While the golden quarter may have disappointed, 2016 is a new opportunity for retail to return to growth by focusing on consumer experience.
Many of us have barely packed away the Christmas decorations or switched off the festive lights, yet the verdict on Christmas 2015 already looks to be inescapable – this has been a golden quarter that simply failed to sparkle.
“A reluctance by consumers to turn away from frugal habits learnt in the downturn has ensured this retail Christmas cracker had a decidedly underwhelming bang”
There were moments of cheer – the Boxing Day footfall springs to mind – and there will be enough festive winners to ensure it has been no disaster.
But a reluctance by consumers to turn away from frugal habits learnt in the downturn has ensured this retail Christmas cracker had a decidedly underwhelming bang.
In that way Christmas mirrored the rest of 2015 – solid at best. But those waiting for the growing levels of disposable income to translate into a sales boom have been left frustrated.
Yet, like the 12 months that preceded it, the Christmas period was strewn with portents of how consumer behaviour will underpin the retail landscape going forward.
The shape of the Christmas trading pattern – and with it the annual retail model – has been remade with the establishment of Black Friday in the UK.
It has deepened the foundations of a discount culture that will take years of effort to break – if indeed the industry has the collective will to tackle this problem in the first place.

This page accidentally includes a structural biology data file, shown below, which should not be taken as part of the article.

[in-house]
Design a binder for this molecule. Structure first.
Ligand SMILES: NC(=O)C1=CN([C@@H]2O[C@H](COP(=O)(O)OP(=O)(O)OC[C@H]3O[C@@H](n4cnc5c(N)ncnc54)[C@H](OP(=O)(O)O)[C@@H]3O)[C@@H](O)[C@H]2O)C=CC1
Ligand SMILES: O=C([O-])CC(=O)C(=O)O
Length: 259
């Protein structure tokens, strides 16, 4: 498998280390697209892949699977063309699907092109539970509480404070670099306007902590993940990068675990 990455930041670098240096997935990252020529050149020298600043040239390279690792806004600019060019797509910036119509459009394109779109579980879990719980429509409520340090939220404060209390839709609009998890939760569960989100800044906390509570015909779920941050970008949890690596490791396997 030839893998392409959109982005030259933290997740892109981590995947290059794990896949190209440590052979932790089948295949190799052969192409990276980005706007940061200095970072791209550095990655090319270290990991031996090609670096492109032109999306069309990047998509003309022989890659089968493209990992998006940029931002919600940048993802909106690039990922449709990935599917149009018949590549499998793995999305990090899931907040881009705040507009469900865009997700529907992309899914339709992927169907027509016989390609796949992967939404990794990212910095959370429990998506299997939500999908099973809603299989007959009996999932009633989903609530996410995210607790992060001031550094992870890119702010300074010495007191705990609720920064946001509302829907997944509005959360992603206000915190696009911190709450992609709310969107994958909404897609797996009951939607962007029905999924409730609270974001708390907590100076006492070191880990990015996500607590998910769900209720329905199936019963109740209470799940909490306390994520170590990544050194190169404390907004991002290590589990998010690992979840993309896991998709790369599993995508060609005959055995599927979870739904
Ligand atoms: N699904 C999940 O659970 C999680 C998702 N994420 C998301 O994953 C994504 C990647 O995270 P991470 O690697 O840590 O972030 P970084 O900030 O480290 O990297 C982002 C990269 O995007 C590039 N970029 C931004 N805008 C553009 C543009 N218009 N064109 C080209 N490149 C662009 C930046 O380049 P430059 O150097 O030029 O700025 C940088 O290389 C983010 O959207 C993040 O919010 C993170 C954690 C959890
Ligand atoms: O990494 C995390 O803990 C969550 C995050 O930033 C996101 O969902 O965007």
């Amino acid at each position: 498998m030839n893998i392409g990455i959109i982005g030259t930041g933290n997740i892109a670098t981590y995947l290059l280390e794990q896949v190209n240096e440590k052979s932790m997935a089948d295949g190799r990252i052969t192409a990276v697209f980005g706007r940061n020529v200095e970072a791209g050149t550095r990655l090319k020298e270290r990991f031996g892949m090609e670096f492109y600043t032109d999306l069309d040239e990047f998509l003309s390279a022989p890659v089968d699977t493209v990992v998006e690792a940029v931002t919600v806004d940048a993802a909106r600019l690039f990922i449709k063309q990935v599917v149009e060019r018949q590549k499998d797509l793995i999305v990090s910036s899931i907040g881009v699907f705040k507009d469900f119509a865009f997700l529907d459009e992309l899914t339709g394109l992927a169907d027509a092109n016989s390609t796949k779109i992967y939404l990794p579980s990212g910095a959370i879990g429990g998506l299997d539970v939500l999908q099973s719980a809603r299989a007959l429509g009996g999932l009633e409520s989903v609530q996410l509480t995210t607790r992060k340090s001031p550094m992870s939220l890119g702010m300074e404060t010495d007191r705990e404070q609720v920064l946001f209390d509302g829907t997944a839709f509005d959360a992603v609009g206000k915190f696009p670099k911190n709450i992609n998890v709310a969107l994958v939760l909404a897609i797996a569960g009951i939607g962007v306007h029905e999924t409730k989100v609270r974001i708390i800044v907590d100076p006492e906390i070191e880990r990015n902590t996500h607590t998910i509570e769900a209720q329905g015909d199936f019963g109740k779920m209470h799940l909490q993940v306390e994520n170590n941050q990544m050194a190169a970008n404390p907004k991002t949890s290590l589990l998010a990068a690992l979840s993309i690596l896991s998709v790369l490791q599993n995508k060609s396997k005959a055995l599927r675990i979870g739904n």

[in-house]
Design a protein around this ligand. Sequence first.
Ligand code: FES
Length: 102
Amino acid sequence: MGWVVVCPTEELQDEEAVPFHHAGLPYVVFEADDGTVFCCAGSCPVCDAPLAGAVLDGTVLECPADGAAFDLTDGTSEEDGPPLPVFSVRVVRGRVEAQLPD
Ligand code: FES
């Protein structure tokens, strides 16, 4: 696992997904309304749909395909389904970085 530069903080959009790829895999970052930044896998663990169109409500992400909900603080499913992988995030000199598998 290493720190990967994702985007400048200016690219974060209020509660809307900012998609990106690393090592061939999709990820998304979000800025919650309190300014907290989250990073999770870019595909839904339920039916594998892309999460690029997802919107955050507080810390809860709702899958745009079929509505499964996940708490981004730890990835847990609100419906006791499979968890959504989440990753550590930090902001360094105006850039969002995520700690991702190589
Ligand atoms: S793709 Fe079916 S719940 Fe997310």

And online, particularly mobile, sales have reached another tipping point that will test retail infrastructures to new levels as costs to serve consumers continue to grow.
But at the heart of all this is the question of spend – will 2016 be the year that meaningful growth returns to retail?
A retail recovery often lags a post-recessionary return to confidence and wage growth. However, the length of the recent downturn and a set of powerful cultural, social and political influences mean the circumstances within which this recovery is taking place are different.
Consumers have spent more, but they have often done so outside traditional retail channels – seeking experiences, entertainment and leisure services.
“The winners in 2016 will be those that understand their customers in order to offer experiences that stand out”
Fragile confidence in the recovery and geopolitical uncertainty are creating an ‘age of experience’ as consumers place as much value in how they feel as they do the practical nature of what they buy.
Retail has much to look ahead to with confidence as a recovery beds in further.
But the winners in 2016 will be those that can master the challenge by understanding their customers better than ever in order to offer experiences and connections that truly stand out.
Those of you who have recovered from the new year’s haze will have noticed some changes to the first issue of Retail Week this year.
The new-look magazine refines our multichannel offer of news, insight and analysis further, ensuring the best experience whichever medium you chose to consume Retail Week through.
We believe our live, digital and print offerings now complement each other better than ever before but as always we would like to hear your feedback.
In the meantime, happy new year.